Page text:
Articles

Daily articles carefully curated by the All About Jazz staff. Read our popular and future articles.

13

Album Review

Lee Morgan: The Sidewinder

Read "The Sidewinder" reviewed by Greg Simmons


Legend tells us that 1964's The Sidewinder was the album, and indeed the song, which saved Blue Note Records at a time when the label was struggling financially. Dashed off to fill some tape, at the end of the recording session, it peaked at number 25 on the Billboard charts—almost unheard of for a hard-bop record—stabilizing the label's finances as well as providing Lee Morgan with steady royalties for the remainder of his tragically abbreviated life. Although the ...

19

Album Review

Wayne Shorter: Adam's Apple

Read "Adam's Apple" reviewed by Greg Simmons


In all the perpetual hubbub surrounding Blue Note records from the 1950s--the aggressive opinions and stratospheric prices--it's sometime easy to forget that the label released really high quality music all the way through the 1960s, and some of the recordings from the later years of the decade are every bit as worthy of attention as the legendary 1500 series dates. Case in point: Wayne Shorter's Adam's Apple, a quartet date recorded in 1966 when Shorter was a mainstay ...

8

Album Review

Grachan Moncur III: Evolution

Read "Evolution" reviewed by Greg Simmons


One of the more unusual records in Music Matters series of Blue Note Records reissues is Grachan Moncur III's avant-garde classic Evolution, released here on a 45 rpm double LP. The Music Matters Blue Notes are among the highest quality jazz vinyl available, with fanatical attention to sound, packaging, and pressing quality, here doing serious justice to true milestone performance. Recorded on November of 1963, the date features the horns of Jackie McLean and Lee Morgan, as well ...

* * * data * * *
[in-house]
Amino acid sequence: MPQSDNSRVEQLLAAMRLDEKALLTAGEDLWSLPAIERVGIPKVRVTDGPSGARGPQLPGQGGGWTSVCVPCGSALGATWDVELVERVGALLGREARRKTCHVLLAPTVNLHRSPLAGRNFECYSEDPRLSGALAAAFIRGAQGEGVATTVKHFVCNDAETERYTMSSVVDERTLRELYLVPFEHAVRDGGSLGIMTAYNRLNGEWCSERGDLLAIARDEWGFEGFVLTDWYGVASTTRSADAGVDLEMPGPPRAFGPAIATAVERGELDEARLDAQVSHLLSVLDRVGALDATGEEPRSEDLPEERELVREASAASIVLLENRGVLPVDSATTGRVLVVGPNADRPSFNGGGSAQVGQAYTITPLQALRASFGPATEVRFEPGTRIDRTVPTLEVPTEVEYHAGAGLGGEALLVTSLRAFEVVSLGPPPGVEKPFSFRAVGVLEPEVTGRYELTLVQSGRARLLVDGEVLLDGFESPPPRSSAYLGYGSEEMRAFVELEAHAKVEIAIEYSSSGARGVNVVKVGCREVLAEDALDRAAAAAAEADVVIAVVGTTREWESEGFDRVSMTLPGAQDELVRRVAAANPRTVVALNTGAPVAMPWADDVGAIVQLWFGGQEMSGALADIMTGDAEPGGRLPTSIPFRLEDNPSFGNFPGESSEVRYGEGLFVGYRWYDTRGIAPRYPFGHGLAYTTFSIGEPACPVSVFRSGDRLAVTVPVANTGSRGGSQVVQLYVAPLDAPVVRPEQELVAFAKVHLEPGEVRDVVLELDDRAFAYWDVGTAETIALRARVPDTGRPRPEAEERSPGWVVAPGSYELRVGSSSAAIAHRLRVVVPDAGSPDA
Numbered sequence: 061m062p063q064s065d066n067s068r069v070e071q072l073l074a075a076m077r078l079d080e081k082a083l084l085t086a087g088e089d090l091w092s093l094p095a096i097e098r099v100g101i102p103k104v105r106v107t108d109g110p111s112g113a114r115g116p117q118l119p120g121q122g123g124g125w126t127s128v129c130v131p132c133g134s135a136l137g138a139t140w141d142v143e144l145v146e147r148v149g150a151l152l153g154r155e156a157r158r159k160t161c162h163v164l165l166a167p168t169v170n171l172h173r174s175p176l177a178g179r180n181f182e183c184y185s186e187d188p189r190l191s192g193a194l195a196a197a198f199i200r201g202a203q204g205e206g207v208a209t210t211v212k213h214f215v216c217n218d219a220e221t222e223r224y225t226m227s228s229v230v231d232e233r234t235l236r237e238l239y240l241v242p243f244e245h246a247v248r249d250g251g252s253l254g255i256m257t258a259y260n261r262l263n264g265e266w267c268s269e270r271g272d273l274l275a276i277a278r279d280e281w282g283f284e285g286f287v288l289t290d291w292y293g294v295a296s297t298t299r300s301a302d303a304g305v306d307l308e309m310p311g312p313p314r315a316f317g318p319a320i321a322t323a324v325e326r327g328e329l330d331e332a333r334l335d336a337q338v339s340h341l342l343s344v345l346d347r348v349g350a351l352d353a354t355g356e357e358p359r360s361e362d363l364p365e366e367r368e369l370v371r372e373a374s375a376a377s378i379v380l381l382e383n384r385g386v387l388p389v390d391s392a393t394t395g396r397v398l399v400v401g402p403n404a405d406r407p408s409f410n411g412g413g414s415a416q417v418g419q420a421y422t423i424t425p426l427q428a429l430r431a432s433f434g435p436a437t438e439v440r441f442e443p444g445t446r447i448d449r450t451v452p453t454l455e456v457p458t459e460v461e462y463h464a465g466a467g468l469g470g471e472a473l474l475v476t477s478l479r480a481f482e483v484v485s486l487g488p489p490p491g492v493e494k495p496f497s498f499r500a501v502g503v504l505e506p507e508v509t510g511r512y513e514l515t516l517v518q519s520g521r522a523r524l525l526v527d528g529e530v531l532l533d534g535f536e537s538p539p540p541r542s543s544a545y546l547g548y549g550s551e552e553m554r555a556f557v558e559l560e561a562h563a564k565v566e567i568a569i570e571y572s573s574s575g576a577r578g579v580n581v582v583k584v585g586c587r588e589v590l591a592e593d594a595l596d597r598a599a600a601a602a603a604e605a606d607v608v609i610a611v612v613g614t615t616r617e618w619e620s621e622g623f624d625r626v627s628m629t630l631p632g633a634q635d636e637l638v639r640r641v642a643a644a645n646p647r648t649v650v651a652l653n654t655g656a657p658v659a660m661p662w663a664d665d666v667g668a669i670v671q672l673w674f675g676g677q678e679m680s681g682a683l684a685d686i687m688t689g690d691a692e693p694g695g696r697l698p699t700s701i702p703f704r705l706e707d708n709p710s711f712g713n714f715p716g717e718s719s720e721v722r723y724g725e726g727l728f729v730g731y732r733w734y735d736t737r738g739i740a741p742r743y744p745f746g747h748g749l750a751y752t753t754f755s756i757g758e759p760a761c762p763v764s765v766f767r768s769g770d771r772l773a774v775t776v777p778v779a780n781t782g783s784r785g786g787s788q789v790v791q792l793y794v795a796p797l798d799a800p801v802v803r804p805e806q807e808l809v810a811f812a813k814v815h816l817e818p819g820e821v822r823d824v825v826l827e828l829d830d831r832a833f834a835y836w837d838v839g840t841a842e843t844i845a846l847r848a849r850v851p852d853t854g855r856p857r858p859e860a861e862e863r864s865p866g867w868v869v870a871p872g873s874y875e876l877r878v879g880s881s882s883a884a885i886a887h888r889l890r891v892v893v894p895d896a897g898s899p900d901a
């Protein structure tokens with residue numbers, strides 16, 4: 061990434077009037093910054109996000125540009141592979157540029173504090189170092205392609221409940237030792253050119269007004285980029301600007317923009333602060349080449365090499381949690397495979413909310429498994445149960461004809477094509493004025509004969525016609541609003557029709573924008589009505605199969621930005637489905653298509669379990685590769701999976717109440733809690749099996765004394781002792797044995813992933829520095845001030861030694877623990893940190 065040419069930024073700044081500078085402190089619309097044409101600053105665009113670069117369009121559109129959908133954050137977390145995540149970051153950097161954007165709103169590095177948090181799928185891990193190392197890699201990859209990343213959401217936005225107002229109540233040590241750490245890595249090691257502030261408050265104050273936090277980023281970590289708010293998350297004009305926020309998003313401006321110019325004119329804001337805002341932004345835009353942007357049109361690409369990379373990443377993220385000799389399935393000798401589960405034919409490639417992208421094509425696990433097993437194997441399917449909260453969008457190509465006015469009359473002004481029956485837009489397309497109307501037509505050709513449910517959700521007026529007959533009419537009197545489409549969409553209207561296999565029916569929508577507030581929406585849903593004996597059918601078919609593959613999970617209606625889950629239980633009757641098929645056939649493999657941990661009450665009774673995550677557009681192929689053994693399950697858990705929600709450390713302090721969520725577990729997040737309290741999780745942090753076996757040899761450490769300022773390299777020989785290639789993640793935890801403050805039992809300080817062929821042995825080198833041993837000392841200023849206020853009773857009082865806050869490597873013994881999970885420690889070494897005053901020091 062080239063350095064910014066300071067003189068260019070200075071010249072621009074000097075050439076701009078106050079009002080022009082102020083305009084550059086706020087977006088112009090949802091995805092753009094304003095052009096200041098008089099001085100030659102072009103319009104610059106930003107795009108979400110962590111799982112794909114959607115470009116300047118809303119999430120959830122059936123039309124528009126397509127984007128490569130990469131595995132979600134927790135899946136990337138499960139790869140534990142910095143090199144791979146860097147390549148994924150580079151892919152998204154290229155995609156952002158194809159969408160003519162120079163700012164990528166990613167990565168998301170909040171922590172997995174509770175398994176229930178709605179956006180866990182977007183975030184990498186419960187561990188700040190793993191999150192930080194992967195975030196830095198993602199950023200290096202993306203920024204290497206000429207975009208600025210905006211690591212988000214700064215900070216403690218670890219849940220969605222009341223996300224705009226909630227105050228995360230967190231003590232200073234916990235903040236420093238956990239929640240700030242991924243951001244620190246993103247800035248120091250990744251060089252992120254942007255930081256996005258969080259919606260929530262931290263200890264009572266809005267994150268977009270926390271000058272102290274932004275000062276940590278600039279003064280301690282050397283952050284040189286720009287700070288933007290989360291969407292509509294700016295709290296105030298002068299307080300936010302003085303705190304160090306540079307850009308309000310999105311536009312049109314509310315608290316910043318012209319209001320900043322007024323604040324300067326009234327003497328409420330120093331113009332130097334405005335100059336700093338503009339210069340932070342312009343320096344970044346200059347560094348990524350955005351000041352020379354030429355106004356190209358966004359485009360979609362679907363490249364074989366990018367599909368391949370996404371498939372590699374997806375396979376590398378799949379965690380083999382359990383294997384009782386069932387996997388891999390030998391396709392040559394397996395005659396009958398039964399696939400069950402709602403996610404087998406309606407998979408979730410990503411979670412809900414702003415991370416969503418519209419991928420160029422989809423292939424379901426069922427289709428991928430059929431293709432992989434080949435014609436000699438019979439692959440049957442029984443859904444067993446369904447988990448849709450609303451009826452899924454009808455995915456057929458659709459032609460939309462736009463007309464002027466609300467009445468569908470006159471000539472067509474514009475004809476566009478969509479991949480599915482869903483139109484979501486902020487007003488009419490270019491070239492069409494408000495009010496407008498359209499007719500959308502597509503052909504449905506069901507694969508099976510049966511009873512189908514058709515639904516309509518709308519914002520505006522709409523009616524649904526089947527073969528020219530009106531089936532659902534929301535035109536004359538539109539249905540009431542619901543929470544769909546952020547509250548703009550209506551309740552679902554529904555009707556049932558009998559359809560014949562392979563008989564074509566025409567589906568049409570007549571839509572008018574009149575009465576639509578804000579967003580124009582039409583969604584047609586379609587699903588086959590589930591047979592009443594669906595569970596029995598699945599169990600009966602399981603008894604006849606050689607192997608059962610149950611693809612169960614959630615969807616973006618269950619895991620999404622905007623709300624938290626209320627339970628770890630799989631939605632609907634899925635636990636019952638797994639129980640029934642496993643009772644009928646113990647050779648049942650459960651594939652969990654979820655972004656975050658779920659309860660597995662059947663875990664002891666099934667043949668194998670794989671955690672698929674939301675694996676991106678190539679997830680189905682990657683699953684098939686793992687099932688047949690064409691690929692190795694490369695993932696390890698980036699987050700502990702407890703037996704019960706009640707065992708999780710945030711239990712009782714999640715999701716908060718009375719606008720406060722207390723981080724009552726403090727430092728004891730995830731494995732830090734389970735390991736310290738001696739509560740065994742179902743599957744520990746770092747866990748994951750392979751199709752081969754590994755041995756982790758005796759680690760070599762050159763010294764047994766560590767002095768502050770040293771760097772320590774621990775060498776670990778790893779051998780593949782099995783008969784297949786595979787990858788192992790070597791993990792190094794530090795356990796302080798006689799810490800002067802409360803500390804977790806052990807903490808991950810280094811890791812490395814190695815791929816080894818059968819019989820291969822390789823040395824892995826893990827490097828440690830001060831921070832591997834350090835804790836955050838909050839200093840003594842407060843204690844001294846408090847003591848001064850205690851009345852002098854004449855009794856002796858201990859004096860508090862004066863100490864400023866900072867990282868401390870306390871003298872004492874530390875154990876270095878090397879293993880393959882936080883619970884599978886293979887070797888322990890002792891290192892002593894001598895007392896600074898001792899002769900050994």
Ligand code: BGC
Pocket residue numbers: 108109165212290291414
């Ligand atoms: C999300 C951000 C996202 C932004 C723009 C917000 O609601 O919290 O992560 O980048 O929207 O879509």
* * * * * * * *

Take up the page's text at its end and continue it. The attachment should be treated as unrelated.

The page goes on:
6

Album Review

Duke Pearson: WAHOO!

Read "WAHOO!" reviewed by Greg Simmons


Duke Pearson occupied an unusual position within Blue Note Record's roster of artists. In addition to recording as both leader and sideman he also served as the label's A&R man, following in the footsteps of Ike Quebec. Pearson also served as the arranger on many albums, including sessions--Stanley Turrentine's Rough 'n' Tumble, comes to mind--where other pianists took over the keys. Pearson's own WAHOO! carries an exuberant title for what turns out to be a pretty laid back ...

3

Album Review

Hank Mobley: Hank Mobley

Read "Hank Mobley" reviewed by Greg Simmons


During the 1950s and '60s Hank Mobley was an especially prolific musician. In addition to many dates as a sideman, his string of 26 or so records under his own name for Blue Note certainly makes him the one of, if not the label's productivity champion. Most of his dates are excellent performances, yet somehow his name has faded from the public conscious. Jazz people know him of course--we thrive on even the smallest esoteric historical details, after all--but Mobley ...

6

Album Review

Thad Jones: The Magnificent Thad Jones

Read "The Magnificent Thad Jones" reviewed by Greg Simmons


It's all about the swing. Featured in the Count Basie Orchestra, one of the hardest swinging bands ever, Thad Jones had more swing in his little toe then most musicians will ever dream of. Even when he slowed the tempo he still swung, and his second date as a leader for Blue Note Records, The Magnificent Thad Jones, swings more at mid-tempo than almost any record I know. The rhythm on this record is a relentless pendulum: It swings left; ...

6

Album Review

Kenny Clarke: The Golden 8

Read "The Golden 8" reviewed by Greg Simmons


The first time I dropped a needle on a Music Matters 33 rpm test-pressing of Kenny Clarke and Francy Boland's The Golden 8 I was surprised to hear something quite unusual: a Blue Note record that was clearly not recorded in Hackensack. With only a few exceptions, most Blue Note records of the 1950s and 60s were recorded in Rudy Van Gelder's New Jersey studio with a unique sound that many listeners can pick out in just a ...


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